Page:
Giles Ji Ungpakorn
While I am very reluctant to tempt fate by making any conclusive remarks about the effect of the Covid 19 world pandemic on Thai society, there are indications that the spread of the virus and the death rates in Thailand are much lower than the figures from Western Europe and the USA. But the effects of the parliamentary military junta’s lock-down rules on the poor have been devastating.
The lower levels of Covid 19 deaths in Thailand are little to do with government measures. The figures are similar to other South-East Asian countries.
If we look at the number of deaths per million people, the Philippines has the highest at 6, followed by Indonesia, Malaysia and Singapore with 3. Thailand’s figure is 0.8. This compares to the appalling figure of 598 for the U.K.
The lower proportion of elderly people in the population of South-East Asia may be a small factor, but this must surely be countered by the much higher levels of poverty and ill health.
Some research papers from Harvard University and the London School of Hygiene and Tropic Medicine have questioned the belief that warmer climates help to reduce the spread of the virus. Traditional flu does show peaks in winter and troughs in the summer. But the figures above mean that we have to wonder whether hot and humid climates and strong sunlight and UV radiation, together with more time spent outdoors, do have a significant effect on reducing Covid 19.
The extremely low Covid 19 figures for Vietnam show that the country’s draconian lock-down measures plus testing and tracking are also significant. So I do not advocate any premature lifting of lock down measures anywhere.
Of course, we must also be mindful of the quality of data from governments that hide the truth and record Covid 19 deaths under other categories due to lack of testing.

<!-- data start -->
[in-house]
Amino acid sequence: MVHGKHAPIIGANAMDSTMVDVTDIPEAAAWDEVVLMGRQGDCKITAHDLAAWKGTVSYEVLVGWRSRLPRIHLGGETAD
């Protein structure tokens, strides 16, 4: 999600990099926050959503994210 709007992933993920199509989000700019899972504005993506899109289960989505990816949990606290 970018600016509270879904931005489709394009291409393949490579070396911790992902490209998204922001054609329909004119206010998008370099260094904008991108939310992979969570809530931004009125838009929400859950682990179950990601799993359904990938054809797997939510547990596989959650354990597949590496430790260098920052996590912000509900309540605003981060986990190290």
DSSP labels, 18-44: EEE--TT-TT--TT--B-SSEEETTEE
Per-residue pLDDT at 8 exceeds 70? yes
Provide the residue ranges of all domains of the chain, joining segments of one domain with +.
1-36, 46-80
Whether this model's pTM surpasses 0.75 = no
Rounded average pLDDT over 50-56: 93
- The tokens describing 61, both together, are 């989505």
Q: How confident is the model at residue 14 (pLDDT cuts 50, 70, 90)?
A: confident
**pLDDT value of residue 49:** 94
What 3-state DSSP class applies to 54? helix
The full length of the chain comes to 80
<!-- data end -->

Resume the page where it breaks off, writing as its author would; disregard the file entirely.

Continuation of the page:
While the present levels of Covid 19 cases and deaths in Thailand are low, the threat of hunger and destitution among the poor is shocking. The closure of entertainment establishments, restaurants, street stalls, workplaces associated with the tourist industry, and many factories, means that millions are trying to survive on no income. This can be seen by the desperate queues for food and cash hand-outs from charitable organisations.
Meanwhile the government’s support for the unemployed is totally inadequate and shambolic. This shines a light on glaring inequality in society and the fact that Thailand does not have a welfare state. The rich and the elite continue to ride on the backs of millions of poor workers and peasants and the King and other royal parasites live in unbelievable luxury. Wachiralongkorn flies between his five-star hotel in Germany and his palace in Thailand, often ordering food and other items to be flown out to him in Europe according to his whims.
To add insult to injury, the military are still trying to spend millions from public funds on expensive weaponry.
The whole situation is made much worse by the fact that the conservative elites have worked hard to destroy a democracy that was moving towards building a more inclusive and equal society since 2006. Whatever the faults and crimes of the Taksin government, and there were many, Taksin’s policies reflected a more modern vision of an inclusive society with universal health care, job creation and improved education. The alliance between Taksin’s elected governments and the working class and peasantry was just too much for the conservatives. Hence we are now saddled with a parliamentary dictatorship led by the military [see https://bit.ly/2Wm6bzI and http://bit.ly/1TdKKYs ]. It is this parliamentary dictatorship which is causing such hardship for the poor during the world Covid 19 pandemic. Given that we will be going into a world economic depression on the scale of the 1930’s, the situation for ordinary Thais can only get worse.
Read my previous article on Covid 19 in Thailand: https://bit.ly/2Syd7L8